Despite what many of us may like to think, emails that you are sending and receiving are not necessarily always guaranteed to be secure. While we may want to believe that any confidential information is protected, online security is not always promised, particularly if you are using a larger email service like Gmail, Yahoo, or Outlook. If you want to learn more about increasing your online privacy and setting up a secure email account, head over to our site. But what if, instead of being the sender, you are on the receiving end of a secure email?
Fortunately, there are ways that you can send and receive secure emails using larger servers. Both Gmail and Outlook have built-in encryption methods that allow messages and attachments to be sent securely. If you are the recipient of the email, there are easy steps that you can take to open emails sent to you that are encrypted or secured by the sender.
Opening Secure Emails in Gmail.
Gmail has introduced a confidential mode that allows users to protect the content of email messages from unauthorized access. According to the Google support website, the confidential mode allows senders to “set an expiration date for messages or revoke access at any time. Recipients of the confidential message will have options to forward, copy, print, and download disabled messages.” If you receive an email through the Gmail platform that has been sent with confidential mode, reading it is fairly simple. You can view the email and any attachments for as long as the sender allows access, or until the expiration date. Additionally, a passcode may be required from the sender to open the email.
Opening Secure Email in Outlook
Outlook has options that use either S/MIME or Microsoft 365 Message encryption to protect the privacy of their users. For Office365 users, opening secure emails is relatively easy. Outlook authenticates recipients by sending encrypted messages as attachments, which then require the reader to sign-on using their organization's credentials or entering a one-time-only password to access the contents of the email.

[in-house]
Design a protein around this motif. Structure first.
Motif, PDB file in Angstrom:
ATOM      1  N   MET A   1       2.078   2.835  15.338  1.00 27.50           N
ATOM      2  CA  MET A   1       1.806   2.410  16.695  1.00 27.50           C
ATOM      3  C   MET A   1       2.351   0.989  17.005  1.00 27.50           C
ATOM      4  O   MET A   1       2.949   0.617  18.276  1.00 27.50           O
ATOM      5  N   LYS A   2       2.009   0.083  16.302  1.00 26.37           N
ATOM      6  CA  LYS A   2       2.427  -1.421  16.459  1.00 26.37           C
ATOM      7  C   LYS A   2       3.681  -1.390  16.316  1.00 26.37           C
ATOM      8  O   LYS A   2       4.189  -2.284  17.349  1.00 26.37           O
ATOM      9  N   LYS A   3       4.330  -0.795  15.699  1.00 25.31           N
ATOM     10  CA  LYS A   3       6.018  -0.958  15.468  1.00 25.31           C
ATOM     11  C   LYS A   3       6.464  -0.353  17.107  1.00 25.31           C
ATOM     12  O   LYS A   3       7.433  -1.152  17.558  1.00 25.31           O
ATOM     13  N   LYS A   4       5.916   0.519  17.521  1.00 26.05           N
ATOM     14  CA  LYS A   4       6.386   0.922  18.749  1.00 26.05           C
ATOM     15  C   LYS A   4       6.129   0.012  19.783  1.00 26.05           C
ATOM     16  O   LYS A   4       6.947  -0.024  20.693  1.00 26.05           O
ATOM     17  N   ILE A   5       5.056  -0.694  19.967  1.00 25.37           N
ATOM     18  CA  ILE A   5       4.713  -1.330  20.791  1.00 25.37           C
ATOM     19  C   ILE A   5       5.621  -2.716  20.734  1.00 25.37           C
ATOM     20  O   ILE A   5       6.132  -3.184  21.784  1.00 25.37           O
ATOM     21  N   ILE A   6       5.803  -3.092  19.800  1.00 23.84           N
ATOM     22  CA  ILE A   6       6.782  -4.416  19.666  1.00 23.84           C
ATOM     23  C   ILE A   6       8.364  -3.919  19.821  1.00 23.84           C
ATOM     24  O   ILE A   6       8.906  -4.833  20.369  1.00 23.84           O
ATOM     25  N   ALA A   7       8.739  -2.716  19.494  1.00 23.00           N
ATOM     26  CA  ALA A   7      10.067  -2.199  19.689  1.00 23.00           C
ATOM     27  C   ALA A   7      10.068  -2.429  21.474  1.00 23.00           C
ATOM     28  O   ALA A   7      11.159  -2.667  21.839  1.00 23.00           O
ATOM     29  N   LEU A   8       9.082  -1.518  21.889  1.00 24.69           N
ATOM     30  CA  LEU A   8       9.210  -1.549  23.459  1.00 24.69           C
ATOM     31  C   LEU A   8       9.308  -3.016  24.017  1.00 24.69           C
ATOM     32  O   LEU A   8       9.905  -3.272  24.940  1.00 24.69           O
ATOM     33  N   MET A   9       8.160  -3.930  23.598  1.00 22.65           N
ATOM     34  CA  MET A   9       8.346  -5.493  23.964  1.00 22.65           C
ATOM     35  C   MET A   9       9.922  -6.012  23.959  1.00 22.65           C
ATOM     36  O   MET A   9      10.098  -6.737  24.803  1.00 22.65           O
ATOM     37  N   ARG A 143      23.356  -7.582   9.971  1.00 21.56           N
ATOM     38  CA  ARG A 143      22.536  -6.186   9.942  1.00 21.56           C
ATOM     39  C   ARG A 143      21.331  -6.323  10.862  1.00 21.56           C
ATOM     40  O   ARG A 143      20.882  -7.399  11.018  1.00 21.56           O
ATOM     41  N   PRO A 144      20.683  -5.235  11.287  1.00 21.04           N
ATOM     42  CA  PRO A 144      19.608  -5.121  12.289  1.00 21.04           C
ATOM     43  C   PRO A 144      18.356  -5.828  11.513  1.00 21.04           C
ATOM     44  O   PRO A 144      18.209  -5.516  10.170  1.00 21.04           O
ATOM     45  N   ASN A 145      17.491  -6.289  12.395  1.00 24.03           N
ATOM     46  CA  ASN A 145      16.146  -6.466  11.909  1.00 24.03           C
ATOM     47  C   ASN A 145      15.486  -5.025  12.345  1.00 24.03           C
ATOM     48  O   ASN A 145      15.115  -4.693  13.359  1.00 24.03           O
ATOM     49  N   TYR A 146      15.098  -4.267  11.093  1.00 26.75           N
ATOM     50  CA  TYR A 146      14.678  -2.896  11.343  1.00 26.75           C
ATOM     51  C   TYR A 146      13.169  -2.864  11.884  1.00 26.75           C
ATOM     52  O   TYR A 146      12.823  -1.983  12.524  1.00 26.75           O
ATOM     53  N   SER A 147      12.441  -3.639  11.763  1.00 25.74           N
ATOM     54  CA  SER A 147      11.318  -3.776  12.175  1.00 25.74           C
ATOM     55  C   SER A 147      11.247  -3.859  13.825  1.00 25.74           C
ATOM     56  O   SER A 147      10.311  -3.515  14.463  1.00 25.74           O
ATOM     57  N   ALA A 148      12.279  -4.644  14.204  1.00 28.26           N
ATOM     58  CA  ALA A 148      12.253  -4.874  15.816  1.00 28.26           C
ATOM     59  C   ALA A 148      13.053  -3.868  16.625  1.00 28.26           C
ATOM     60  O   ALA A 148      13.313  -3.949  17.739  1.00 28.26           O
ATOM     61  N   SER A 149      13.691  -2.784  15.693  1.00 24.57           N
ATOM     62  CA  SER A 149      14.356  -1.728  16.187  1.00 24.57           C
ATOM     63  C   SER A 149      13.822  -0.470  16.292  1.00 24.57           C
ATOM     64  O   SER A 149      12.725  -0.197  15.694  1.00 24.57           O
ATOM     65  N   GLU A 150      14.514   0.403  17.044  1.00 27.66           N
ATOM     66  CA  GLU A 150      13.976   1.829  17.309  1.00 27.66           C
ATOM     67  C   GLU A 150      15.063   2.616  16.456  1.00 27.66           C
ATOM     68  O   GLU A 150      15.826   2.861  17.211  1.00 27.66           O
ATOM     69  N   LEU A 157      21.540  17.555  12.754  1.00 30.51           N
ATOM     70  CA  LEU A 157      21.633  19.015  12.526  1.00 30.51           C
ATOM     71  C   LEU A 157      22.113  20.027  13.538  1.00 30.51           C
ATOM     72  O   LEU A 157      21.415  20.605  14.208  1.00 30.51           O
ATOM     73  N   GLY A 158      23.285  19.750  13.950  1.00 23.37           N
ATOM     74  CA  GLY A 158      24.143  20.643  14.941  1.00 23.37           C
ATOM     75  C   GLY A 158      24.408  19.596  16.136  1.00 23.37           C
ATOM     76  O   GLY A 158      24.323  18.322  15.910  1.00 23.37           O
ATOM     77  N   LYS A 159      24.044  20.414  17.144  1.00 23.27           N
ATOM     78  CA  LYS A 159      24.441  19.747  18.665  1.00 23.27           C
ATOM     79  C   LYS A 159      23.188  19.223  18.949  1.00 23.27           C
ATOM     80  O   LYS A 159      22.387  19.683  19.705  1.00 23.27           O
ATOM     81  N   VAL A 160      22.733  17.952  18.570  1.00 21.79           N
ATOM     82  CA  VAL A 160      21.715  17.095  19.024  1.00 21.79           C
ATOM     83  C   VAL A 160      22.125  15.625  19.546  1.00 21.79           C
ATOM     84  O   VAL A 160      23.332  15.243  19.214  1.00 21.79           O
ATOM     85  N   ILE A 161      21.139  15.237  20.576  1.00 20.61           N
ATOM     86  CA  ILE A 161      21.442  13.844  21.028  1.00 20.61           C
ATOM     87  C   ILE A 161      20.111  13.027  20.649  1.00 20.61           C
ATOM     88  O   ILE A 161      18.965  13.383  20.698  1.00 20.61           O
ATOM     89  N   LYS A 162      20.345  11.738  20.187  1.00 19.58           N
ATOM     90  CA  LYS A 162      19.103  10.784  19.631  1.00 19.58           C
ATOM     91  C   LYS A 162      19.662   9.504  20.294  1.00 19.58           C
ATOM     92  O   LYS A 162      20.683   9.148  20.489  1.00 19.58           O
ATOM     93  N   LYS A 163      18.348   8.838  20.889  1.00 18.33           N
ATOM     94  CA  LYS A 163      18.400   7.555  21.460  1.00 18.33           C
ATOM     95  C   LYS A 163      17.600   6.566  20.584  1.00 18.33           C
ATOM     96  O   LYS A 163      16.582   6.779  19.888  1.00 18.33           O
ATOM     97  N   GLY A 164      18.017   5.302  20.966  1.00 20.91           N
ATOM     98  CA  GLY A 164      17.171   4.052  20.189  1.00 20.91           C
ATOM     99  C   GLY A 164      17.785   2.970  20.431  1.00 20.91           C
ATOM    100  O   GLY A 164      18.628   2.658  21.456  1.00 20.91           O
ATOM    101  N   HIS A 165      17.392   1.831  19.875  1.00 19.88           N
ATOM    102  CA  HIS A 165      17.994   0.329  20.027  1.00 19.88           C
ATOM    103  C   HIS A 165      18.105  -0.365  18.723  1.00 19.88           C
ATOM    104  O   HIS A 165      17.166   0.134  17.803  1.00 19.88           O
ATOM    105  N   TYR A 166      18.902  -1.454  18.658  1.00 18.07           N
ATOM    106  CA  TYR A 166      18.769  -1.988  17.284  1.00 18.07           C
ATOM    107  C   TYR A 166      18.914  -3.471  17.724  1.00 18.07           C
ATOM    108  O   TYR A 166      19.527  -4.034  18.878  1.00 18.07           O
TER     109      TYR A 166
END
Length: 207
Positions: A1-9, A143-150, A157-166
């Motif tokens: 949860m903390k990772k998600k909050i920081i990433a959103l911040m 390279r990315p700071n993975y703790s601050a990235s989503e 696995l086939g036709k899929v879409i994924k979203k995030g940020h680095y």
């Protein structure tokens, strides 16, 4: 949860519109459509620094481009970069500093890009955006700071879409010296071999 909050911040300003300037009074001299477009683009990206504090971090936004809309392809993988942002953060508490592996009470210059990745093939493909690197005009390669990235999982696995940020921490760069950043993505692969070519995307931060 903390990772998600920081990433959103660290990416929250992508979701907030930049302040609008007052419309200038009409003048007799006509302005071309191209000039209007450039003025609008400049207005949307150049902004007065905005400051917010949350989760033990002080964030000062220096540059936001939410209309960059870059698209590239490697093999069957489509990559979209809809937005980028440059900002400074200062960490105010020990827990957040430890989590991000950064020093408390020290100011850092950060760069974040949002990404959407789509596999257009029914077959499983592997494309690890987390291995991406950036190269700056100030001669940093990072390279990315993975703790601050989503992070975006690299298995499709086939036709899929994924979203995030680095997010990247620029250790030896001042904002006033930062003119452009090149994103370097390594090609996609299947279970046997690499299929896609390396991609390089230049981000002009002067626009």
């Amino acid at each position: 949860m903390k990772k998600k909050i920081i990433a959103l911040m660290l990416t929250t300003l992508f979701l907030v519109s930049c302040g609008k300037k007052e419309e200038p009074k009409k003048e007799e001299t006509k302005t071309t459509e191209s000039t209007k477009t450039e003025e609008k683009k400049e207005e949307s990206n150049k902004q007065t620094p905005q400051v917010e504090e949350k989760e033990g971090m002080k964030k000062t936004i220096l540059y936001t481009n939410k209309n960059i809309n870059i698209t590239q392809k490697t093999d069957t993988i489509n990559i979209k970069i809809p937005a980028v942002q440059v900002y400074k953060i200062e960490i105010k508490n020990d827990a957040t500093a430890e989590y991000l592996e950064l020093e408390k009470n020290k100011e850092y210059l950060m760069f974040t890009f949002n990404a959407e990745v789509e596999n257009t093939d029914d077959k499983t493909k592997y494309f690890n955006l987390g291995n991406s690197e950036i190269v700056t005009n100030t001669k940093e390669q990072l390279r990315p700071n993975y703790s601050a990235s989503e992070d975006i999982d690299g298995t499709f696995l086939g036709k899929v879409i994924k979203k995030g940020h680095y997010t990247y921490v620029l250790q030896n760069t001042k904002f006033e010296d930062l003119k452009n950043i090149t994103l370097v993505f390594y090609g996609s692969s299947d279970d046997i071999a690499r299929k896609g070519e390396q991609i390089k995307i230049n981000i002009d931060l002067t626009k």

However, even though Gmail and Outlook’s decryption processes are simple, there is one glaring issue; they only work if you are sending and receiving email on the same platform. If you want to decrypt and email that has been encrypted using a different method or program, the process is a bit more complicated. One option is to access the email using a one-time authentication code that is shared via a separate means (for example, over the phone), but this method can be extremely inconvenient if you have a number of clients who require regular access to encrypted email messages and attachments. The second option is to use a program that easily allows email decryption.
It’s safe to make the assumption here that it is unlikely all clients and businesses will be using the same platforms to send and receive emails, which is why secure email integration is often considered to be too much of a hassle. However, there are third-party programs that make opening an encrypted email from a sender simple and user-friendly. The recipient of the email does not have to use the same program. To open an encrypted email, you click on a link that which leads to a two-factor authentication process, once this is completed, the email can be read and also responded to securely.
Gmail and Outlook have integrated S/MIME encryption into their programs so that senders can successfully encrypt emails, but unfortunately, this doesn’t provide a solution for those who do not use their services. Thankfully, third-party email security platforms have created a user-friendly solution to this problem, which makes secure-email access all the more accessible to everyone that wants to take measures towards protecting sensitive content or personal information.
“Encrypt Email Messages.” Outlook, support.office.com/en-us/article/encrypt-email-messages-373339cb-bf1a-4509-b296-802a39d801dc.
“Send & Open Confidential Emails - Computer - Gmail Help.” Google, Google, support.google.com/mail/answer/7674059?co=GENIE.Platform%3DDesktop&hl=en.
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